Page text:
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A near 50% decline in truck sales, caused by the impact of COVID-19 on the economy, resulted in Lisle, Ill.-based Navistar International Corp. reporting sharp losses in its fiscal third quarter.
Navistar’s net loss was $37 million, or 37 cents per share, compared with a profit of $156 million, or $1.57, in the same period a year ago.
On an earnings call with reporters and financial analysts on Sept. 9, the company also confirmed it is taking a minority interest in the San Diego-based automated truck company TuSimple, with the goal of producing a Level 4 autonomous truck by 2024. Terms of the agreement were not made public.
Level 4 automated driving means the technology can automatically steer, brake, accelerate and monitor the vehicle’s environment without relying on a human driver for backup or assistance, at least under certain conditions.
Regarding the earnings, Navistar’s leadership said the COVID-19 pandemic, and the resulting falloff in both new and used truck sales, severely hurt its production and finances during the quarter ended July 31.
Revenue plunged 45% to $1.67 billion compared with $3.04 billion in the same year-ago period.
The truck and engine maker’s quarterly revenue report fell below what investors on Wall Street were forecasting. Three analysts surveyed by Zacks Consensus Estimate expected $1.89 billion.
“Our fiscal third quarter opened during the middle of many stay-at-home orders and ended with sections of the economy beginning to reopen, and our results certainly reflect this,” CEO Persio Lisboa said. “While marketplace uncertainties continue, we are accelerating the pace of progress on our Navistar 4.0 strategy for financial improvement, so we can pull forward its benefits and take full advantage of a stronger industry when it arrives.”
Navistar’s 4.0 strategy lays out a plan to increase its long-term financial position by 2024 by growing market share, implementing a single platform strategy for research and development, and standardizing truck parts and tooling.
Another key is constructing a new truck assembly facility in San Antonio, which the company says will reduce logistics and manufacturing costs.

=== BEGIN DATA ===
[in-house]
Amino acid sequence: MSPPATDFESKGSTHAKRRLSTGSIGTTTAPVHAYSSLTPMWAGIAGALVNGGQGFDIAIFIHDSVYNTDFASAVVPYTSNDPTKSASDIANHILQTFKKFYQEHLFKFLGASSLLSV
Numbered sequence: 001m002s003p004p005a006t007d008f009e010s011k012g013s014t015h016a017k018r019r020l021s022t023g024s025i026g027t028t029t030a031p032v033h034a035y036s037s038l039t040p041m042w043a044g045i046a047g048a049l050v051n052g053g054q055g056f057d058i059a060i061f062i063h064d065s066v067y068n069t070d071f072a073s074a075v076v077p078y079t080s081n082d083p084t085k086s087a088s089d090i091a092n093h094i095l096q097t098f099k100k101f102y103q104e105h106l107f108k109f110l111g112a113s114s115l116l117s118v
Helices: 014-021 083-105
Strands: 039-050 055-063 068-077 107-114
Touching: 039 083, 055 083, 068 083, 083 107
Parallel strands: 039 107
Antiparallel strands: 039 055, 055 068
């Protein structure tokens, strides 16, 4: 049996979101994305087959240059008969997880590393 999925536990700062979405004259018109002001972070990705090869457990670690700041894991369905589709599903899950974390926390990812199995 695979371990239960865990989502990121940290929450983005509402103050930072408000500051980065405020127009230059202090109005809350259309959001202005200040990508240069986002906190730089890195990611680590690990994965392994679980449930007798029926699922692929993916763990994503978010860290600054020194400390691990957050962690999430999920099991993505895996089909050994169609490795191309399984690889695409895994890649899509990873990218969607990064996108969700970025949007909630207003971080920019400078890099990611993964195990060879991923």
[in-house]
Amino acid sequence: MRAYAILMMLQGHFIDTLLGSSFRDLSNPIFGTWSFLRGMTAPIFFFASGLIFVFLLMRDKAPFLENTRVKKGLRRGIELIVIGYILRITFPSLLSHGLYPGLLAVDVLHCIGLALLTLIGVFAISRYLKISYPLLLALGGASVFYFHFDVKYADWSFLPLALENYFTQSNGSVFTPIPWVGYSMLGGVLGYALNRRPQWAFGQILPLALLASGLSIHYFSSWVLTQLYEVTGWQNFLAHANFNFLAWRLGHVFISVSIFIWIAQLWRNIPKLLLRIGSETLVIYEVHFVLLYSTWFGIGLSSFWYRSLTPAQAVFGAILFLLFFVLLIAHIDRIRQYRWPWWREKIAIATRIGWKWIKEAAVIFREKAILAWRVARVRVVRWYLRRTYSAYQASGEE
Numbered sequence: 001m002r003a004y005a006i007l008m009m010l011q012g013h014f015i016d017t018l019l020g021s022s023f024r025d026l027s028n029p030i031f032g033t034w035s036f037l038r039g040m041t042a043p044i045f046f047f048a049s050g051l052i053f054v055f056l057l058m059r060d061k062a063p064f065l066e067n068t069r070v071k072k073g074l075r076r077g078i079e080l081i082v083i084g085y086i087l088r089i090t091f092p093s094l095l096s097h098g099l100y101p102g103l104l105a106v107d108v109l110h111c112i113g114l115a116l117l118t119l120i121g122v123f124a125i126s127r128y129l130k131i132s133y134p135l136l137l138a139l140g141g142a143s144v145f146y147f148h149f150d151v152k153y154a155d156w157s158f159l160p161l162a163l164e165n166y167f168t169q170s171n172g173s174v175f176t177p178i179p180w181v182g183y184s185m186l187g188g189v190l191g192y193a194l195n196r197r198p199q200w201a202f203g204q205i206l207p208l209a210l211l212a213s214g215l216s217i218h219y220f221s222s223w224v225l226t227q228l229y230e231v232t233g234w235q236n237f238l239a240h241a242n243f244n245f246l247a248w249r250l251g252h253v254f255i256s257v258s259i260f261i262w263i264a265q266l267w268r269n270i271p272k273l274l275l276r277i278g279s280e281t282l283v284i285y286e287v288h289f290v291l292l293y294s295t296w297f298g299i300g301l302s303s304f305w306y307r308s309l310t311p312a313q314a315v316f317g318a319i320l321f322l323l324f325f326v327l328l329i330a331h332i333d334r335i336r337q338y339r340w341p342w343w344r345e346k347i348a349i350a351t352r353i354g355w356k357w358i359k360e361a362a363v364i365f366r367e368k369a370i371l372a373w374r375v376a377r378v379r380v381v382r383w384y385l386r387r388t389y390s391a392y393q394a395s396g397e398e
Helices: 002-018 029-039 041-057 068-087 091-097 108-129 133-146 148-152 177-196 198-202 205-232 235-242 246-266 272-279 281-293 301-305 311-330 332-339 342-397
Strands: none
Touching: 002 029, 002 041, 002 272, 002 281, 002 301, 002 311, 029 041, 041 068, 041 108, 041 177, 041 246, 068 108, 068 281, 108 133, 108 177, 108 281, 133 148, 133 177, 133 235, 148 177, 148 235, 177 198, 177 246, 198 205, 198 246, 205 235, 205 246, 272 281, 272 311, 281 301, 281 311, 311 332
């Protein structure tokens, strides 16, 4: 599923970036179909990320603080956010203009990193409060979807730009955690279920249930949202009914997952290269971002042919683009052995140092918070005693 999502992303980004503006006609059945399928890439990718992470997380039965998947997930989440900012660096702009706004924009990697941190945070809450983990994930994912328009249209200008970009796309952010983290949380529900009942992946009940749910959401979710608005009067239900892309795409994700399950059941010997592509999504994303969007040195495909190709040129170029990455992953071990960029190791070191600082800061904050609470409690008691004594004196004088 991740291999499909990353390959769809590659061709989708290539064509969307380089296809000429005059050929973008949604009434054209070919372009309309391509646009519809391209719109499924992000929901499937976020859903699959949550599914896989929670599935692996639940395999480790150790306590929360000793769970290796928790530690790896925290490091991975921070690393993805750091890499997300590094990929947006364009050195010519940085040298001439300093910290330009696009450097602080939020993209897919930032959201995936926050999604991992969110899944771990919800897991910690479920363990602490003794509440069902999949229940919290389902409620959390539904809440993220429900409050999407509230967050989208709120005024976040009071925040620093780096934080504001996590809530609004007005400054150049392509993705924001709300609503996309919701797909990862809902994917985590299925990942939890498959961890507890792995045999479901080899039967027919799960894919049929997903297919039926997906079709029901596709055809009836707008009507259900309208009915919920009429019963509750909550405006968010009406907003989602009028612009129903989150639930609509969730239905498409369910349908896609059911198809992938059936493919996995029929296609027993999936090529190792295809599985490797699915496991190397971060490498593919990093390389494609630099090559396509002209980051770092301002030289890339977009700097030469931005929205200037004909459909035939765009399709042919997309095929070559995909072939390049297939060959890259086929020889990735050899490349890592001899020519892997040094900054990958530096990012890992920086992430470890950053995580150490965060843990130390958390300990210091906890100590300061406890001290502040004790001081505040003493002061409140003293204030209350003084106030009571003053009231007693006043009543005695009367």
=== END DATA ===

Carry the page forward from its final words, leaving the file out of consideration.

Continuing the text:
The company said construction has continued during the pandemic, and the facility is scheduled to open in early 2022.
Lisboa said it will be capable of building diesel and fully electric vehicles, and the first truck off the new assembly line will be electric.
What are fleets doing to help attract the best possible diesel technicians to join the changing workforce environment? Host Michael Freeze speaks with Ken Boyer, dean of the Auto/Diesel Institute at Baker College, and Ralph Romero, vice president of talent management at U.S. Xpress. Hear a snippet, above, and get the full program by going to RoadSigns.TTNews.com.
During the pandemic, as the economy slowed, Navistar reduced expenses to save cash and increase its liquidity. Company officials said the belt-tightening efforts are paying off. Navistar ended the third quarter with $1.6 billion of liquidity, including cash, marketable securities and cash equivalents, a $200 million improvement from Oct. 31, 2019. The additional money will help with the TuSimple deal and end its employee salary deferral program on Sept. 1, earlier than the company had planned. Navistar also cut its general and administrative expenses by 29% year-over-year, and using lessons it learned during the pandemic, the company said it will pursue additional cost savings.
In addition to the TuSimple announcement, Navistar said it had struck two other deals. It is forming strategic partnerships with fleet management solutions providers Samsara and Geotab to allow international customers to add to their choice of fleet management solutions to trucks without installing additional vehicle hardware.
As for electric trucks, Navistar signed an agreement with In-Charge Energy to provide charging infrastructure and consulting services to electric vehicle customers.
“As a result of the pandemic, we had the opportunity to revisit our investment portfolio and re-time noncritical programs, and cancel others,” Lisboa said. “By streamlining our investments, we were able to free up significant capacity, which is being redeployed into advanced technology programs and strategic partnerships that accelerate our pace of progress.”
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